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Characterization of Antifreeze Proteins from Winter Rye

  • M. Griffith
  • A. Mlynarz
  • W. C. Hon
  • F. Sicheri
  • D. S. C. Yang
  • M. Antikainen
  • K. Pihakaski-Maunsbach

Abstract

When winter settles upon the landscape and the soil and lakes have frozen, it is important to realize that many biological organisms have frozen too. After a period of acclimatization to cold autumn temperatures and short daylengths, multicellular organisms ranging from fungi to perennial plants to frogs develop the ability to survive subzero temperatures by forming ice within their tissues. Freezing does not occur throughout these organisms; instead, ice forms only outside the cells in specific locations within the tissues.

Keywords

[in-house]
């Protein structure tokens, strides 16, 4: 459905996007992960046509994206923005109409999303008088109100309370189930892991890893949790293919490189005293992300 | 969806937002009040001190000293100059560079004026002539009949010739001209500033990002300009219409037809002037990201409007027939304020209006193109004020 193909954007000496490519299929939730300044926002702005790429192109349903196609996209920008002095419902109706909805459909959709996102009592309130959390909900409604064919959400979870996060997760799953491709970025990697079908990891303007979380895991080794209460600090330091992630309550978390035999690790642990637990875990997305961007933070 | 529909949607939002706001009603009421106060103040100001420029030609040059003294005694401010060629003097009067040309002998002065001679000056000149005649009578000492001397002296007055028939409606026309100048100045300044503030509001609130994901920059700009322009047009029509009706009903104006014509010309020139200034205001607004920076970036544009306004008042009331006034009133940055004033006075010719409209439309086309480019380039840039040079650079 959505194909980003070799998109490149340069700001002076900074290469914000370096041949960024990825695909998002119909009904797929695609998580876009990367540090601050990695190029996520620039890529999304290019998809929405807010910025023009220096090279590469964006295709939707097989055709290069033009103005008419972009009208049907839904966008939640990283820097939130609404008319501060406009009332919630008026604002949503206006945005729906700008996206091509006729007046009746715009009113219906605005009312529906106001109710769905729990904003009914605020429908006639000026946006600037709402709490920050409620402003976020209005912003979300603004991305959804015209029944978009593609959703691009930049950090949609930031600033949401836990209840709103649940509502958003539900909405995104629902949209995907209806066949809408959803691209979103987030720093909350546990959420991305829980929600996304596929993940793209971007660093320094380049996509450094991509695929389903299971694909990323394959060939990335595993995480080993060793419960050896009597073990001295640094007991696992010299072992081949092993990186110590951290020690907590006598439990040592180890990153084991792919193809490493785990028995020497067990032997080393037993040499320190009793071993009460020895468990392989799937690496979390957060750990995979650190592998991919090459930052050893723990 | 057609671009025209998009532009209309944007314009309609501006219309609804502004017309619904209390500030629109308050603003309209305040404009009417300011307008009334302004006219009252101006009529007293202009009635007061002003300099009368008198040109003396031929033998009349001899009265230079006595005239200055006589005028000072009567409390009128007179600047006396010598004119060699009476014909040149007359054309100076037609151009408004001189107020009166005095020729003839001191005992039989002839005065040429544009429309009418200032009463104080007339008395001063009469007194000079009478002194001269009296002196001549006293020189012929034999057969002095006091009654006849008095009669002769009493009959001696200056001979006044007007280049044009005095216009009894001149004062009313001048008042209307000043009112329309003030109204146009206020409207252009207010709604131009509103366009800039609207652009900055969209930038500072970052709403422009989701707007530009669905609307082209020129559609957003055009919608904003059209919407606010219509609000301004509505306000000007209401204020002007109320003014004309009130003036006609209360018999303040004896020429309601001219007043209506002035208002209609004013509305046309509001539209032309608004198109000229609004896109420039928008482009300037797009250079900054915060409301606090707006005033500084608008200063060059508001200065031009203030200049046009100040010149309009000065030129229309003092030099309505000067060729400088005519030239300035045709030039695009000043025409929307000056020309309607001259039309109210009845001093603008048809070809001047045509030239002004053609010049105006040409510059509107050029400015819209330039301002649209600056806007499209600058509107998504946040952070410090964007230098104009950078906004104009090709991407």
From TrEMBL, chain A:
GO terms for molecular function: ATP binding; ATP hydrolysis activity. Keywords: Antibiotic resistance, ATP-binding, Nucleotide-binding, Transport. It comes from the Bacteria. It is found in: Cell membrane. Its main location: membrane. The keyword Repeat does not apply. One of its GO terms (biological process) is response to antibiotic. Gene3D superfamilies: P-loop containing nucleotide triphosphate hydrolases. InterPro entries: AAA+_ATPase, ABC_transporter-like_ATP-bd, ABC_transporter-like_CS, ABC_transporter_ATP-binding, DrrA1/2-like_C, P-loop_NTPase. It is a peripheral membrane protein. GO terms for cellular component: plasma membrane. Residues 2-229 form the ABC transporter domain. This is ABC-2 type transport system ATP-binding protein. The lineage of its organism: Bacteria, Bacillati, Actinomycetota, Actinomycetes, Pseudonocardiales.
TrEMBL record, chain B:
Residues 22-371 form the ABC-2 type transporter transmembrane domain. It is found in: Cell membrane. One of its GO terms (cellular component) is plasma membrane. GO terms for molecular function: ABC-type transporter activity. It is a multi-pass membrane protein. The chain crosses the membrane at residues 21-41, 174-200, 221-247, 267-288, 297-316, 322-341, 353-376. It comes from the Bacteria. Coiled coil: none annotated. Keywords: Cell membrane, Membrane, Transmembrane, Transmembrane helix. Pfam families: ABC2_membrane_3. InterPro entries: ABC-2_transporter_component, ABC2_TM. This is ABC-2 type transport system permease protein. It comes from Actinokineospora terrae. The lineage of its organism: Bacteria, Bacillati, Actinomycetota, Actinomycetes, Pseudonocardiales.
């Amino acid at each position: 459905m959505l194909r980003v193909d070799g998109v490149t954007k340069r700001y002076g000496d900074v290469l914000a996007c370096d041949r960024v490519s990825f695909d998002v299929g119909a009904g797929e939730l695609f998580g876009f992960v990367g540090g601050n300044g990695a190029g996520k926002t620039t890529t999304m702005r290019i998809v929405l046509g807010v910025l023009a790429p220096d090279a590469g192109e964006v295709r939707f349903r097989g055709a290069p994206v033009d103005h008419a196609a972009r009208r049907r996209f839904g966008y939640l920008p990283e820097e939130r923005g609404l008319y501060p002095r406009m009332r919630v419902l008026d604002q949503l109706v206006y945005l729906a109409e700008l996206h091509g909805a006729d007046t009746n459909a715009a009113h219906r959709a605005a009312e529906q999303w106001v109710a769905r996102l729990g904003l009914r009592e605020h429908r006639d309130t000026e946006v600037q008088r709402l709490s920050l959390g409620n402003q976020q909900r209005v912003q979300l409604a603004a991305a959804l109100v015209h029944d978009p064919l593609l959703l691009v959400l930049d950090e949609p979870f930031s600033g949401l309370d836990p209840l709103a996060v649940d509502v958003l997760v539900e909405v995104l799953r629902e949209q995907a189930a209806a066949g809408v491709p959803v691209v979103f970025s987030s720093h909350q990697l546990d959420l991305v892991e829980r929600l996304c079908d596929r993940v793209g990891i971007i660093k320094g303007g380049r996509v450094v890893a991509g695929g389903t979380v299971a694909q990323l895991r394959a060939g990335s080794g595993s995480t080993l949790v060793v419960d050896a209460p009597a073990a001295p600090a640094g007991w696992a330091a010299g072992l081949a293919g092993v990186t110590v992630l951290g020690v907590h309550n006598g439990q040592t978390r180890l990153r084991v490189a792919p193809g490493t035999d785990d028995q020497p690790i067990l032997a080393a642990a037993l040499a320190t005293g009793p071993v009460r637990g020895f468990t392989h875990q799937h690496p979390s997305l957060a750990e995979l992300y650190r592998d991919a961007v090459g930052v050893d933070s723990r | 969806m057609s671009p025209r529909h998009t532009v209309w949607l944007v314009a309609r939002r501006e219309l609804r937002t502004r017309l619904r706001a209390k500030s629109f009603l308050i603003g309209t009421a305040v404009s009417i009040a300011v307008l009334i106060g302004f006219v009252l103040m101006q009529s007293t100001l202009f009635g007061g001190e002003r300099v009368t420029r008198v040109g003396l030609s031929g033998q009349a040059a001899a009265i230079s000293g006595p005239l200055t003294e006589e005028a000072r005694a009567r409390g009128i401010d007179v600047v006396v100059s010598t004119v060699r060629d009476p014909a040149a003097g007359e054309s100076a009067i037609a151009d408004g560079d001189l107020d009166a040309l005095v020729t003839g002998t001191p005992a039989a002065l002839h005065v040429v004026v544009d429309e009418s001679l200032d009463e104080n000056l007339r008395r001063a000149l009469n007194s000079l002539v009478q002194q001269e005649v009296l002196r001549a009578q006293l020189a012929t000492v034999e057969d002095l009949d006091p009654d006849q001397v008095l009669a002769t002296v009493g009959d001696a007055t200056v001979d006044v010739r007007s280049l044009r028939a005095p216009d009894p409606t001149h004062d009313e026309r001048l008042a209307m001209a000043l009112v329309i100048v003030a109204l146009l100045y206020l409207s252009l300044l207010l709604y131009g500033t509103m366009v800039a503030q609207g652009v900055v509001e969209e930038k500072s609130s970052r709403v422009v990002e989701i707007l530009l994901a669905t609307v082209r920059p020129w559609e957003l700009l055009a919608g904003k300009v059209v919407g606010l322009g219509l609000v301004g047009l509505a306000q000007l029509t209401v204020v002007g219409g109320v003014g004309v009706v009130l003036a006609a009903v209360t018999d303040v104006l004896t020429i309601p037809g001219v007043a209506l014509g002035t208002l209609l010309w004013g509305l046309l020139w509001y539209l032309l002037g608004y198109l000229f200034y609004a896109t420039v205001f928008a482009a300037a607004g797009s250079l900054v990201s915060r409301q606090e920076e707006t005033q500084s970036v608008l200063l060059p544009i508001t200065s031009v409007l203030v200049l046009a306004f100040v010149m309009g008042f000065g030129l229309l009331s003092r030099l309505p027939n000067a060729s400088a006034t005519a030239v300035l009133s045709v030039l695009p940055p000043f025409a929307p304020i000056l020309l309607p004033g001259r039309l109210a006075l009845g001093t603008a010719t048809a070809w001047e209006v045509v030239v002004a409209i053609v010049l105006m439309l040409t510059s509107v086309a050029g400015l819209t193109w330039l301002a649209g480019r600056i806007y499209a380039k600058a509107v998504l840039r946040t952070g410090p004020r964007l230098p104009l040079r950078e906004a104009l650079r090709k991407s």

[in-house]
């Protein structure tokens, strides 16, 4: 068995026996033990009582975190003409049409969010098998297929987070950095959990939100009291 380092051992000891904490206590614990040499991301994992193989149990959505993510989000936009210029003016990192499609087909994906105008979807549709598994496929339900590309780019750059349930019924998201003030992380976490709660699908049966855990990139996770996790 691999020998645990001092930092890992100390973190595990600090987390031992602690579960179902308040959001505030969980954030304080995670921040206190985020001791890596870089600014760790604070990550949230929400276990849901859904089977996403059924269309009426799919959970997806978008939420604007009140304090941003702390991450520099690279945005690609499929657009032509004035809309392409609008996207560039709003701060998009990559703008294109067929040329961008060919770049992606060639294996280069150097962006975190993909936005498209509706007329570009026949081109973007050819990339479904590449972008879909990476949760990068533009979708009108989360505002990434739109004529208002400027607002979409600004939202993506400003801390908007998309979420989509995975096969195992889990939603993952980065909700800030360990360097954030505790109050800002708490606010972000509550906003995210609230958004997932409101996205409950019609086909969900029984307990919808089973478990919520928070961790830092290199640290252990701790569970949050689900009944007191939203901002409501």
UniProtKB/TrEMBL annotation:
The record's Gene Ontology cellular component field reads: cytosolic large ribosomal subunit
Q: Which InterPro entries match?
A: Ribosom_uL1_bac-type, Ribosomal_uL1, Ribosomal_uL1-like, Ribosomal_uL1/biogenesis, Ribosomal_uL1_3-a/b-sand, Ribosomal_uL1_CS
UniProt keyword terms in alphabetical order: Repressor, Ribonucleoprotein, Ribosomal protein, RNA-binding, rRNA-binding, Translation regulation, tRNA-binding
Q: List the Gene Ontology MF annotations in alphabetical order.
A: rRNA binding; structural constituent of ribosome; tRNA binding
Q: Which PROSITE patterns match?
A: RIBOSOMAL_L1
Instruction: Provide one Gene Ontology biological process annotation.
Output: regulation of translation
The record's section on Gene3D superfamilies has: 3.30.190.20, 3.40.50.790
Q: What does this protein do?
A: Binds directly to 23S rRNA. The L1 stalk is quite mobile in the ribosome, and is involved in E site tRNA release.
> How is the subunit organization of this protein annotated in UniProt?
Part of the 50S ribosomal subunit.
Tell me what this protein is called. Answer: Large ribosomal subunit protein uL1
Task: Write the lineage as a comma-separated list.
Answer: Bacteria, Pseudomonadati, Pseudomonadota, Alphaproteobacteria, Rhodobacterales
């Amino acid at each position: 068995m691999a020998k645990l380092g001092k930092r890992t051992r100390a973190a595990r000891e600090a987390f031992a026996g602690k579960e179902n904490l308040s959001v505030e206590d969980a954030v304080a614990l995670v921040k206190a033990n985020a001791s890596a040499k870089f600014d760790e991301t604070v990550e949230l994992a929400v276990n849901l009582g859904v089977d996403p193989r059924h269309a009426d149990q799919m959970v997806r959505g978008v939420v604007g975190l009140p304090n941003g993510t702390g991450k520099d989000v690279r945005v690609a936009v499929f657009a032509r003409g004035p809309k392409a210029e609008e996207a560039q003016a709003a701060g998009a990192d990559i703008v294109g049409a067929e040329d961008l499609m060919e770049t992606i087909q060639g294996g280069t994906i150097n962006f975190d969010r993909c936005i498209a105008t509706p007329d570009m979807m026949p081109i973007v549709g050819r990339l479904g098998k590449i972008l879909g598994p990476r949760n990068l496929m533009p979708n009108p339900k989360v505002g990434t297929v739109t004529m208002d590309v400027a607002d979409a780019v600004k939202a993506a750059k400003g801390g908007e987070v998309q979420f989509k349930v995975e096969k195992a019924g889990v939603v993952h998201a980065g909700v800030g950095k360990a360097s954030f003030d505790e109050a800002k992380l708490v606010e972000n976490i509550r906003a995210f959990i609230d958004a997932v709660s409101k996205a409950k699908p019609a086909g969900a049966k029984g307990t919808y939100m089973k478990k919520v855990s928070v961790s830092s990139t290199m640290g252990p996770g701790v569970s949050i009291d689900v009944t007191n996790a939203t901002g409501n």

Cold Acclimation Antifreeze Protein Freezing Event Antifreeze Activity Apoplastic Protein 
These keywords were added by machine and not by the authors. This process is experimental and the keywords may be updated as the learning algorithm improves.

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Copyright information

© Springer Science+Business Media New York 1997

Authors and Affiliations

  • M. Griffith
    • 1
  • A. Mlynarz
    • 1
  • W. C. Hon
    • 2
  • F. Sicheri
    • 2
  • D. S. C. Yang
    • 2
  • M. Antikainen
    • 3
  • K. Pihakaski-Maunsbach
    • 3
  1. 1.Department of BiologyUniversity of WaterlooWaterlooCanada
  2. 2.Department of BiochemistryMcMaster UniversityHamiltonCanada
  3. 3.Department of BiologyUniversity of TurkuTurkuFinland

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